Life Expectancy Rate Decline

Dan Hart
2017-08-15

Dear Jerry,

For the first time since the 1930's, the overall life expectancy rate in America has declined. Why? Because the suicide rate is increasing all over the country.

There are a multitude of factors that have contributed to this increase. However, all of these factors can be boiled down to one primary cause: despair.

From where is this increasing level of despair coming from? I would argue that one of the primary causes for increasing despair is increasing unbelief in God. The Pew Research Center reports that 23 percent of Americans currently describe themselves as "nones," or those who consider themselves either atheist, agnostic, or "nothing in particular." This number has been steadily rising since at least 1972, when "nones" made up seven percent of the population. In just the last 10 years, this number has jumped eight percent, from 15 to 23 percent.

It has been statistically verified that those who attend religious services are far less likely to commit suicide: In a study of 89,000 people "between 1996 and 2010, those who attended any religious service once a week or more were five times less likely to commit suicide." In another study, "of the 6,999 Catholic women who attended Mass more than once a week, none committed suicide" (emphasis mine).

Without a belief system built on divine revelation, human beings will form their own belief systems around whatever suits them. The secular world is more than happy to fill this demand for what to believe--we are constantly bombarded by the news media and popular entertainment about what we should believe is right and wrong, what is good and evil, what is tolerant and intolerant, what constitutes equality and inequality, etc. If we don't have religious belief that provides a moral framework grounded in absolute truths, we put ourselves in the risky position of having to ultimately trust in human beings for the ultimate answers. The inevitable culmination of purely human thinking is despair, because we are and never can be ends in ourselves. As discussed previously, we know where despair can eventually lead.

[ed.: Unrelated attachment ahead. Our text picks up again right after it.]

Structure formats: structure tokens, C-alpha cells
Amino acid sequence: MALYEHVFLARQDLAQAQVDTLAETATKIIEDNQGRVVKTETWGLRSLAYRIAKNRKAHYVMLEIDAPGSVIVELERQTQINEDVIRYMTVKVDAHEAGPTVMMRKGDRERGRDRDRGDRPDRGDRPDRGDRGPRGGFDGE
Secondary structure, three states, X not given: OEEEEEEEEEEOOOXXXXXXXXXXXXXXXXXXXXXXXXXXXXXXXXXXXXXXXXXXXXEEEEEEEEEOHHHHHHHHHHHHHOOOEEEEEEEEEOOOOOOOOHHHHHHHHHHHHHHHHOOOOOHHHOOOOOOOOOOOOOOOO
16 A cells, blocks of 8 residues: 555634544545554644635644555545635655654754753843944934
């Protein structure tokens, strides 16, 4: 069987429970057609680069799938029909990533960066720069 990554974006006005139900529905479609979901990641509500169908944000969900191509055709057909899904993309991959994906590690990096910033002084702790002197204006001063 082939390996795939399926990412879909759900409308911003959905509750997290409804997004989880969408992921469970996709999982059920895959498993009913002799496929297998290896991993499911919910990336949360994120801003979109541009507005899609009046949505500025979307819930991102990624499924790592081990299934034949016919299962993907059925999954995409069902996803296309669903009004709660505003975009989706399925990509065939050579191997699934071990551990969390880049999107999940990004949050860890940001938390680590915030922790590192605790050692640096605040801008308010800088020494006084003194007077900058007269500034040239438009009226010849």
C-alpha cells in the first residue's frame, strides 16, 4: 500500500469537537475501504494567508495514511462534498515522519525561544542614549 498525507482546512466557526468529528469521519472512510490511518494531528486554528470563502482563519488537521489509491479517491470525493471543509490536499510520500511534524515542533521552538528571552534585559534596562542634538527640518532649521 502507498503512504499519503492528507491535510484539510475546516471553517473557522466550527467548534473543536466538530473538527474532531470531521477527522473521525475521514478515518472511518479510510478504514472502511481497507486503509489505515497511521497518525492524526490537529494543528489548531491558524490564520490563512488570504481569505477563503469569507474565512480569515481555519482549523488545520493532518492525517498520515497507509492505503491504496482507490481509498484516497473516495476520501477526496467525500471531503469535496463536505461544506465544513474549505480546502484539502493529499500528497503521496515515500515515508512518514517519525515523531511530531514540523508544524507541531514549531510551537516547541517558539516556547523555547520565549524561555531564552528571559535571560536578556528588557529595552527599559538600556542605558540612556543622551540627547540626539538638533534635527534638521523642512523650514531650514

Christ reveals an infinitely better way: divinely revealed truth. In Matthew 16:23, he rebukes human thinking: "You do not have in mind the concerns of God, but merely human concerns." As Christians, we must do all we can to turn back the tide of unbelief that is steadily rising in America, trusting not in the ways of man, but in the ways of God.

Thank you for your prayers and for your continued support of FRC and the family.

Sincerely,

Dan Hart
Managing Editor for Publications
Family Research Council

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